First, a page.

The Department of Health is to conduct a “fundamental review” of its central budgets to determine how much they will be allocated in 2010-11.

The review follows the DH’s attempt to protect the NHS from the Treasury’s £2.3bn clawback from its 2010-11 budget by taking most of the hit from its central funds.

There is an £18bn gap between the primary care trust allocations for 2009-10 and the NHS’s revenue allocation of £98bn. Of that £9bn is held in central budgets.

The department’s business plan for 2009-11 - published earlier this week - shows the most significant areas of central spending in 2009-10 are grants to local authorities to cover social care (£1.2bn), research and development (£900m), primary care contractors (£714m) and the Connecting for Health IT programme (£581m).

Of the £2.3bn to be returned to the Treasury, £500m comes from a contingency fund created when the NHS moved out of deficit in 2006-07, but the remaining £1.8bn represents 20 per cent of the central budgets.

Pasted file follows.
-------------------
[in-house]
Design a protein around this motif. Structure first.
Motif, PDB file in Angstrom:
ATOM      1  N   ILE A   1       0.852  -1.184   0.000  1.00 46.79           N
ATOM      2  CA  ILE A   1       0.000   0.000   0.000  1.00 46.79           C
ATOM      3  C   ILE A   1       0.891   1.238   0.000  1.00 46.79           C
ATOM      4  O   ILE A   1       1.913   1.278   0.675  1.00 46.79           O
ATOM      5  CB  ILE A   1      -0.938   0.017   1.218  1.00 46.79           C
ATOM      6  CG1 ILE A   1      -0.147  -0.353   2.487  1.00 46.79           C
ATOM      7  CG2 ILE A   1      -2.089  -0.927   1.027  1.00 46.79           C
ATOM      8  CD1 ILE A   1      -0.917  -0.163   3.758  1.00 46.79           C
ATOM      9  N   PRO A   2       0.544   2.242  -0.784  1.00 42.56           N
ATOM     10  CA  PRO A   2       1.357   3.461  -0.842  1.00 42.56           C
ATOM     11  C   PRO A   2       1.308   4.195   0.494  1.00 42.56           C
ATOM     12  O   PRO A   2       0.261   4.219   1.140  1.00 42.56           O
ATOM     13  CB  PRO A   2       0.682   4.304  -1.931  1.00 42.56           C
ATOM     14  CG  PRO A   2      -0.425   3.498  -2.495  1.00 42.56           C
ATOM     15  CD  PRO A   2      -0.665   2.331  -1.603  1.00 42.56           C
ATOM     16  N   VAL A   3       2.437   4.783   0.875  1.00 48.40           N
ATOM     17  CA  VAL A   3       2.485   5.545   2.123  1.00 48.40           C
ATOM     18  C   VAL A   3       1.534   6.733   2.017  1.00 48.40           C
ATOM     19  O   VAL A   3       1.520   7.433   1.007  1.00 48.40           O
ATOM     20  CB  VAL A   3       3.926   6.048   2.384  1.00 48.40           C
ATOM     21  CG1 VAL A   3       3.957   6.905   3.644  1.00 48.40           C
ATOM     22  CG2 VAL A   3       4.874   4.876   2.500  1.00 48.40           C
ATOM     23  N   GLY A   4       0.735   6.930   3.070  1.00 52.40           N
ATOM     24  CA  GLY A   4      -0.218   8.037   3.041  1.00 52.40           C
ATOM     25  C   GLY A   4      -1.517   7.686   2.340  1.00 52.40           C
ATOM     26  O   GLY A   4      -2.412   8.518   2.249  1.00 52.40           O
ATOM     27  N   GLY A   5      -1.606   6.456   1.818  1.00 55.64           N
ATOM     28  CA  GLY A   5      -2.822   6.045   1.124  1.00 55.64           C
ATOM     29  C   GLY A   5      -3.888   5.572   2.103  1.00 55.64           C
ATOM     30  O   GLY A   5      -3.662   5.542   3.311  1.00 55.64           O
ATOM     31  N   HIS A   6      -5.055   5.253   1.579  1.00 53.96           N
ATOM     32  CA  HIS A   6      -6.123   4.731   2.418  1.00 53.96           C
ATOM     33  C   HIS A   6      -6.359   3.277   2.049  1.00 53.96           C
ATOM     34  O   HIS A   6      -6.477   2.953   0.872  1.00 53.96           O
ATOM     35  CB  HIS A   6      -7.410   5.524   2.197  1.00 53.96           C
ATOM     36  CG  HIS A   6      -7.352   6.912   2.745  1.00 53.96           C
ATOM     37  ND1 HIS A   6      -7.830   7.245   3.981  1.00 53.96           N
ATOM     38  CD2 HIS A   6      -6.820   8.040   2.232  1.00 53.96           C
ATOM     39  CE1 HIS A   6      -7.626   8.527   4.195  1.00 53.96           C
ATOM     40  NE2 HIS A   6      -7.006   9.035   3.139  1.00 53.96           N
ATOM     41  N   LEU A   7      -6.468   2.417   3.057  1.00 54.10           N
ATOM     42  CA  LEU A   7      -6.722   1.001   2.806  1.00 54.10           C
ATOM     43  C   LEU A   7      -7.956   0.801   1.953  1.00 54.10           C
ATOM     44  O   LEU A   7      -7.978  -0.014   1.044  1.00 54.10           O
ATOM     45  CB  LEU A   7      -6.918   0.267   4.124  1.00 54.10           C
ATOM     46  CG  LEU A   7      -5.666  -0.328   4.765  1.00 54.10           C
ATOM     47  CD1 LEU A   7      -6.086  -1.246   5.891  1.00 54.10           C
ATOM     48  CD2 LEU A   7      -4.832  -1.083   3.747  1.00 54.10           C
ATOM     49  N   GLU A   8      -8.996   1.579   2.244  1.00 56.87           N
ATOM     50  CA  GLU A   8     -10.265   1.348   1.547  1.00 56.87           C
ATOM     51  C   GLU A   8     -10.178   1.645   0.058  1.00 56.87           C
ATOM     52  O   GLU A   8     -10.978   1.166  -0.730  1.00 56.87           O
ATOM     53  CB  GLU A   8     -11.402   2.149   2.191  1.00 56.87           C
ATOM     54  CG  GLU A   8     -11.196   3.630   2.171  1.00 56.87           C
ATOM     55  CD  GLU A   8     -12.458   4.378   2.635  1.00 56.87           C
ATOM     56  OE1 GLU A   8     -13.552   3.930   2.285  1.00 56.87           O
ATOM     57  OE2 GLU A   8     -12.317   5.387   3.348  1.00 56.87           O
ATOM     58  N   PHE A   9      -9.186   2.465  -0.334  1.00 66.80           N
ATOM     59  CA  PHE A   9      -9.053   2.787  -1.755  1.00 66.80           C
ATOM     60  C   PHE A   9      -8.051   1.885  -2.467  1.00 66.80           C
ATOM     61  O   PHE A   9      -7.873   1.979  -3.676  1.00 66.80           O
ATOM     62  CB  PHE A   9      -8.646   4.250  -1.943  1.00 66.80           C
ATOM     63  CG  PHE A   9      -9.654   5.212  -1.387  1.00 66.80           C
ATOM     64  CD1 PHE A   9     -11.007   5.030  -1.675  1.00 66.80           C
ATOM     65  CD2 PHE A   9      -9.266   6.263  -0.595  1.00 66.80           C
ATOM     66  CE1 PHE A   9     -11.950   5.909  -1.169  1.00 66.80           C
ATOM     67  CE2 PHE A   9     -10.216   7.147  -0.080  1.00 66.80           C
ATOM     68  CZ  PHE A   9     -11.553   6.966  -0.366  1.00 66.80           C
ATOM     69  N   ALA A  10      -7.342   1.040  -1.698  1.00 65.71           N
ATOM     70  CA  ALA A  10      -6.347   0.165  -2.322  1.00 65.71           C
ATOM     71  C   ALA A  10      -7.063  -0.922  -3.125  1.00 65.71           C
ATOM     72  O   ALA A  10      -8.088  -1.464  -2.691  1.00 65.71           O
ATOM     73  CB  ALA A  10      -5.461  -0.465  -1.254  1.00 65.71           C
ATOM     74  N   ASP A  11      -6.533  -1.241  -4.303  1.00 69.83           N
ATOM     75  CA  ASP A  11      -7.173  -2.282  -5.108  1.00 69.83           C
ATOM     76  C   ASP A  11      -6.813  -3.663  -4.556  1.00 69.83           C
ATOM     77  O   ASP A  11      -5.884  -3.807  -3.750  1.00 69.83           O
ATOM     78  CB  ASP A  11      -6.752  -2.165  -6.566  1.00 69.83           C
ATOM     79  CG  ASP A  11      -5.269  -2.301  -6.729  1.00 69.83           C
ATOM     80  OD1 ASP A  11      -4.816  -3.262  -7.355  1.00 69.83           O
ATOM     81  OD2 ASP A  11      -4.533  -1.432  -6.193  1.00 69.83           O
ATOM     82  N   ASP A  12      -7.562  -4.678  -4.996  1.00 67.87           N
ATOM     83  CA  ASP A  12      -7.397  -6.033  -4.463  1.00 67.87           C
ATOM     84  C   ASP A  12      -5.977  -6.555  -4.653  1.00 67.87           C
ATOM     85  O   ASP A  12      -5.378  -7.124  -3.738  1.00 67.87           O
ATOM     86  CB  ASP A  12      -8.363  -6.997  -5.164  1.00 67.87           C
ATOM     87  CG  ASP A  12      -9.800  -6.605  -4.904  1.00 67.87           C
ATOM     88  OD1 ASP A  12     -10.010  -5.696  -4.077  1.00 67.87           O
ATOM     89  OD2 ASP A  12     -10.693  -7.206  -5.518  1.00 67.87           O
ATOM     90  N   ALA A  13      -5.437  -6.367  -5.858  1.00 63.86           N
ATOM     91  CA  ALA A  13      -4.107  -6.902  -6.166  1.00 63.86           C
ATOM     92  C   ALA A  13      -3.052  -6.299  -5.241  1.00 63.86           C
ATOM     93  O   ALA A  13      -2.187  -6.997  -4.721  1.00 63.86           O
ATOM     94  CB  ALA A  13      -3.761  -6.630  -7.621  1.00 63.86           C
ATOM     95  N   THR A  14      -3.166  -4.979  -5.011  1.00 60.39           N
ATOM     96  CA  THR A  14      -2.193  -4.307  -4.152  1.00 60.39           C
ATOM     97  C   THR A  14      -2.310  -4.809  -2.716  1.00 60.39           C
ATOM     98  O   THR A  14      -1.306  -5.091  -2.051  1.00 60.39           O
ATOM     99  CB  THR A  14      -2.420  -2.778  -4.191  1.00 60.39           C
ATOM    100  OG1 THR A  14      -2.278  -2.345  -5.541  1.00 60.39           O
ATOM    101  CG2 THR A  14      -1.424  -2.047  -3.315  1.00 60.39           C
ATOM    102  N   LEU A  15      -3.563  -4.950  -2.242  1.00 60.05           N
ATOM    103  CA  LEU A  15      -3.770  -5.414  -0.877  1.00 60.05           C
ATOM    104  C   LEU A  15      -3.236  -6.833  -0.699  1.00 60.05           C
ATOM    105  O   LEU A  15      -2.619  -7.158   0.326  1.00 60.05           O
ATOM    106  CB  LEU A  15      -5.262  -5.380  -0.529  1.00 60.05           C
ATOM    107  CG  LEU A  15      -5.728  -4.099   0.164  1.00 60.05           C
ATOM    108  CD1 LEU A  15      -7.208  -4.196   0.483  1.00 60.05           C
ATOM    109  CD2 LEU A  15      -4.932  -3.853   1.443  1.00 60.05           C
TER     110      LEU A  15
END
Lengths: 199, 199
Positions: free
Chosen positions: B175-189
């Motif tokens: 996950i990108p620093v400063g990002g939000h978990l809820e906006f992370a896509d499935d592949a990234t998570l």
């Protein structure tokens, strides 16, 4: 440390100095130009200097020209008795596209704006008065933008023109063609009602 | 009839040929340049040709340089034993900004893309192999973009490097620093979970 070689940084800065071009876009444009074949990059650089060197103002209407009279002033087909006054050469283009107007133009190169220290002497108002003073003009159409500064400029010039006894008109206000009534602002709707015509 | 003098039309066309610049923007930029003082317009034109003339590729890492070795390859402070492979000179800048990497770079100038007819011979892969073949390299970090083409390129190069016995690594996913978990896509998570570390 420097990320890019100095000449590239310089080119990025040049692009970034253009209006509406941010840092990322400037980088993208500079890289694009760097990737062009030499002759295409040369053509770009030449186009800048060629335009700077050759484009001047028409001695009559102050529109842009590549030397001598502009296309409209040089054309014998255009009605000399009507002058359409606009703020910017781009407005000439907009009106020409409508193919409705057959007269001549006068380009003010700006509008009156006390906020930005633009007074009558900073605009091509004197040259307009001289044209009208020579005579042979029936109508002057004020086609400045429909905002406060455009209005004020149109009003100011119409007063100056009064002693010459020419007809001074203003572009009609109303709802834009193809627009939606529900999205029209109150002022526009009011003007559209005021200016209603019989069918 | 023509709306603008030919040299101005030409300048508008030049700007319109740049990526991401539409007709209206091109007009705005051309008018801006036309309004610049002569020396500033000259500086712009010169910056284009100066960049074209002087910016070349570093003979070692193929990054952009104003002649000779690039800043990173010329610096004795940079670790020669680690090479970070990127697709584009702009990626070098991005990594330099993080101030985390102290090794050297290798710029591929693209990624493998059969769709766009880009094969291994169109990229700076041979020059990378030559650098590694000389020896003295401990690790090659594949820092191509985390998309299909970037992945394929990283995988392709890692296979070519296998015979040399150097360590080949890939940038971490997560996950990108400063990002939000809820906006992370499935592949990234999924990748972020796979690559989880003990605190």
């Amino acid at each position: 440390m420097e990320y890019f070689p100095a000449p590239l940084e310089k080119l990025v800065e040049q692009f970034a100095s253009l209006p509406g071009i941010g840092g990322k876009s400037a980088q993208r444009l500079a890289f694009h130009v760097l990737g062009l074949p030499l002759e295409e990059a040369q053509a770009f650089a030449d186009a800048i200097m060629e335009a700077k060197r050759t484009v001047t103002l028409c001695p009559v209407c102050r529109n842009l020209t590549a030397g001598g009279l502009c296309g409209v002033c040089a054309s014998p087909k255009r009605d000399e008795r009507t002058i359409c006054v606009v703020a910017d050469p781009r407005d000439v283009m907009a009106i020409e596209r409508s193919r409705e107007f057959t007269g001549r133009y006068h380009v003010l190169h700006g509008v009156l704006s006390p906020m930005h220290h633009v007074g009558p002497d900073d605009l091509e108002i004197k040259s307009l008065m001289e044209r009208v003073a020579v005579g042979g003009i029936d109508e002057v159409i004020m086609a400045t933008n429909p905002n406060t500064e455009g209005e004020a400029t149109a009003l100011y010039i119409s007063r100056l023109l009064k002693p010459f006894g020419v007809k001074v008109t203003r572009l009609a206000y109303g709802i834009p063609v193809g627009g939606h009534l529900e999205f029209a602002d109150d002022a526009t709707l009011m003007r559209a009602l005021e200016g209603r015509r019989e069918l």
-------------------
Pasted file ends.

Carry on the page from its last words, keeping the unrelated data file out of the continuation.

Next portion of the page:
Spending on some areas has already been reduced substantially since 2008-09. Central spending on Connecting for Health will be 12 per cent (£83m) less in 2009-10 than in the previous year. Spending on pandemic flu will be down 35 per cent, from £103m to £67m.

NHS board documents show the DH made a concerted effort towards the end of last financial year to spend central budget surpluses in anticipation of future cuts. The NHS Information Centre’s finance report for March describes “significant pressure from DH departments who appear to be underspent… and are trying to offload surpluses”.